Rajendra Chola III

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Rajendra Chola III
Rajendra Chola III
Chola territories c. 1246 CE
Reign 1246–1279 CE
Predecessor Rajaraja Chola III
Died ?1279 CE
Queen Cholakulamadeviyar
Father Rajaraja Chola III
Religion Hinduism, Shaivism[citation needed]

Rajendra Chola III was the son of Rajaraja Chola III who came to the Chola throne in 1246 CE. Although his father Rajaraja III was still alive, Rajendra began to take effective control over the administration. Rajendra was a much abler king than his father and tried to stop the rapid decline the Chola kingdom was experiencing due to the incompetence of Rajaraja III.

Attempts at recovery[edit]

As a capable prince, Rajendra could not standby and watch the influence and prestige of the empire go down. He began to take active part in the official duties as soon as he was installed the heir apparent in 1246. Although Rajaraja III continued to rule in name for a few more years, he was effectively sidelined by Rajendra III.

By 1250 CE Rajendra began his strenuous attempts at regaining some of the lost prestige and started his painstaking program of recovery. Inasmuch as the entire system of the Cholas was becoming degenerate.

Pandyan expansion[edit]

Sadayavarman Sundara Pandyan I ascended the Pandya throne in 1251 CE and in him the Pandyan kingdom found a leader with ability and valour. By 1258, he had the warlike Cholas to retreat once again and forced the Hoysalas to retreat to the Mysore plateau.

End of the Chola dynasty[edit]

This sudden rising tide of Pandya power once more brought the Cholas and the Pallavas together. They gave battle to the Pandyas and in 1279 CE, this was the last war that we hear of Cholas and Pallavas. Both of them either perished in this war or disappeared from scene altogether but gallantly. Rajendra-III towards the end of his time and that of the Chola lineage, was forced even though owing more to personal resource crunch than to his unwillingness to fight enemies, to go on the defensive against the Pandyas. In 1264 CE, Jatavarman Sundara Pandyan I fought and defeated the Hoysala King Vira Someshwara as attested by his inscription at the Sri Ranganathaswamy Temple in Srirangam. The Pandyan king finally turned against the resourceless and weakened Cholas and Pallavas. His successor Maaravarman Kulasekara Pandyan I it seems met the Cholas somewhere between Tiruchy and Thanjavur and defeated the combined armies of Rajendra Chola III and later also defeated the Hoysalas under Ramanatha. This was the end of Chola power in South India. The Pandyas under Maaravarman Kulasekara Pandyan I seem to have gone up to Gangaikonda Cholapuram and destroyed the Chola fort and caused extensive damanage to the outer wall of the temple at Gangaikonda Cholapuram. These acts, it appears, effectively signalled the end of the Chola Kingdom along with that of Pallavas, for we do not hear of any Chola or Pallava king at either Gangaikonda Cholapuram or Kanchi, respectively, even though a certain Tribhuvanaviradeva of Chola line briefly ruled between 1331 and 1332 before disappearing completely from the scene. However, the known period of rule of Jatavarman Sundara Pandyan was between 1246 or 1251–1268 after which he was succeeded by Maravarman Kulasekhara, assisted by his son Jatavarman Vira Pandiyan, while the rule of Rajendra-III was definitely up to 1279 CE. It appears after routing the Cholas and absorbing all their territories, the Pandya kings concentrated on their other conquests.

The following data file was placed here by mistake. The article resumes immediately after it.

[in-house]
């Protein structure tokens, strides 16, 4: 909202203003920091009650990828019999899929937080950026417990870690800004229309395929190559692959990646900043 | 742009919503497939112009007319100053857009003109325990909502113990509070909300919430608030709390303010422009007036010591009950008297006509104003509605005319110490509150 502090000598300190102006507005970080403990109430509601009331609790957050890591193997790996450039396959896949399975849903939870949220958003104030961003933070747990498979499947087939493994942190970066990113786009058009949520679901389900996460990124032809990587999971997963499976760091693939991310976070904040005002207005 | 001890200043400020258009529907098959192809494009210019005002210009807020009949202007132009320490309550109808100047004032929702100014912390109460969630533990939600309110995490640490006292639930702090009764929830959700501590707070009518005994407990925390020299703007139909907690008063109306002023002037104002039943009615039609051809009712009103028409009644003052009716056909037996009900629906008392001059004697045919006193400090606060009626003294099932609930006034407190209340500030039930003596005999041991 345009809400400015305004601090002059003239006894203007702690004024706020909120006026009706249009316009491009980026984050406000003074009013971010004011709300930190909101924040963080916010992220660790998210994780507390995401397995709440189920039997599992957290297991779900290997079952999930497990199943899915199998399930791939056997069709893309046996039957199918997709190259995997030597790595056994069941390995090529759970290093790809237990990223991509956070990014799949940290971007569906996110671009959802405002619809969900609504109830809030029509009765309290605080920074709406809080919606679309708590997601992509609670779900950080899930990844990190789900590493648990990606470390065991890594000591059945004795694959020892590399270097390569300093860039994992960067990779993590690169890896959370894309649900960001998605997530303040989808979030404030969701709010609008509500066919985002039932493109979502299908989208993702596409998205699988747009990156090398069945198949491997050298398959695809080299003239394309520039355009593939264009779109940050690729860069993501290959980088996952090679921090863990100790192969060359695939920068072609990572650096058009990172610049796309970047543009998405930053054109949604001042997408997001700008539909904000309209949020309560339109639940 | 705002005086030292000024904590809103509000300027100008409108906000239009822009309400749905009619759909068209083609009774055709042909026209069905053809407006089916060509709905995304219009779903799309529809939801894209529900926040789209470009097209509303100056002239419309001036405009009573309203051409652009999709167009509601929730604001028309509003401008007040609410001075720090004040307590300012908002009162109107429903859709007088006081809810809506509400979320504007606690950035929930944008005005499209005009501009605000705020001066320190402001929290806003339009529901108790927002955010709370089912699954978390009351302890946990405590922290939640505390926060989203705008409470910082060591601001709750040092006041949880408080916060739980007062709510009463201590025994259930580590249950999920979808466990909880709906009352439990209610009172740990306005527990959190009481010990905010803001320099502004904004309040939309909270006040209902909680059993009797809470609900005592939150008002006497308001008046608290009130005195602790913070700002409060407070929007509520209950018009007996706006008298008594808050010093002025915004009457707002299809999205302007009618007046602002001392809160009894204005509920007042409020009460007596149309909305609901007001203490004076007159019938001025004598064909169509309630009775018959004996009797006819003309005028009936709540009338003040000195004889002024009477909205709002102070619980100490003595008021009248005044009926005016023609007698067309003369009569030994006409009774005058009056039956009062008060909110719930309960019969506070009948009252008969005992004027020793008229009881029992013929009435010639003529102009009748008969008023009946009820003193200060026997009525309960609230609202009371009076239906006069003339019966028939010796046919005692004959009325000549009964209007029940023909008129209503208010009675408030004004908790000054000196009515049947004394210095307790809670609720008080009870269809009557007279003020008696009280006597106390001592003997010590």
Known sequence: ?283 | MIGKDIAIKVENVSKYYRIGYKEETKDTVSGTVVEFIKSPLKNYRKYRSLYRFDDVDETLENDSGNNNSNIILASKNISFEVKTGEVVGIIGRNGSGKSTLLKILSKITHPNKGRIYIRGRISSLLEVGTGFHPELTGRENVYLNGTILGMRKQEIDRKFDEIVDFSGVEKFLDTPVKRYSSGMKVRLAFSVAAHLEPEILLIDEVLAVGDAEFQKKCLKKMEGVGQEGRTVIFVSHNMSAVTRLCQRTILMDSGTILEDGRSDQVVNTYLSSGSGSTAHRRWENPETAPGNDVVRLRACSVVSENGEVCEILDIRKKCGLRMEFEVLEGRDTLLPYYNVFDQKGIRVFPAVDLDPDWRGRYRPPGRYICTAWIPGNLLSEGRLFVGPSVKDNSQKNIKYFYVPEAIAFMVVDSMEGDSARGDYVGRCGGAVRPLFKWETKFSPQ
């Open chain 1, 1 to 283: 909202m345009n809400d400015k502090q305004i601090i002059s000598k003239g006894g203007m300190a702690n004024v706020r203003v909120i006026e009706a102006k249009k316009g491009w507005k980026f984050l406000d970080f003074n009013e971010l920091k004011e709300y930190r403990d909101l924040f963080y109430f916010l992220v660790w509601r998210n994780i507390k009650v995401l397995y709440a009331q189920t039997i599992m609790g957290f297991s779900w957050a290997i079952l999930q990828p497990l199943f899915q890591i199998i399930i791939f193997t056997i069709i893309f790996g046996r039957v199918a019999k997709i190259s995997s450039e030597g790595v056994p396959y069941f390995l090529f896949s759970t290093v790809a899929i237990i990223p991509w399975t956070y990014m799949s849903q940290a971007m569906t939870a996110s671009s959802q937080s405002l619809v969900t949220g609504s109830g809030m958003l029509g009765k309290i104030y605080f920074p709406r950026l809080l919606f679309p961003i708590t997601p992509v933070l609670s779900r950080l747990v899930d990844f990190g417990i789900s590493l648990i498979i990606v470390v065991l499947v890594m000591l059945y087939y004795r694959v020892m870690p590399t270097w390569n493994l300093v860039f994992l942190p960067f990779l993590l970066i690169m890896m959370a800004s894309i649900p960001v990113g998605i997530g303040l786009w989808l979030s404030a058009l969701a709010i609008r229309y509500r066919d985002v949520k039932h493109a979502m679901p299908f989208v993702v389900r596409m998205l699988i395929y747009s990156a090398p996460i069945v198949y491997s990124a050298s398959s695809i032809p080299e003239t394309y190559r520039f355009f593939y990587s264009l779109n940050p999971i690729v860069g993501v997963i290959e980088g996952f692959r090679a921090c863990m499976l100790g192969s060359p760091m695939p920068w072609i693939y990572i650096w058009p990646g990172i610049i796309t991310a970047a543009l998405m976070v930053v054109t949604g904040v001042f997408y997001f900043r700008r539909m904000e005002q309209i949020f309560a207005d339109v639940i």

There are no confirmed reports of Rajendra Chola III have been killed in the battlefield by the Pandyas. Some historians claim he ruled in obscurity from Gangaikonda Cholapuram up to 1280 after which there are no inscriptions found of the Cholas.

Preceded by
Rajaraja Chola III
1246–1280 CE
Succeeded by
Pandya rule


  • Nilakanta Sastri, K. A. (1935). The CōĻas, University of Madras, Madras (Reprinted 1984).
  • Nilakanta Sastri, K. A. (1955). A History of South India, OUP, New Delhi (Reprinted 2002).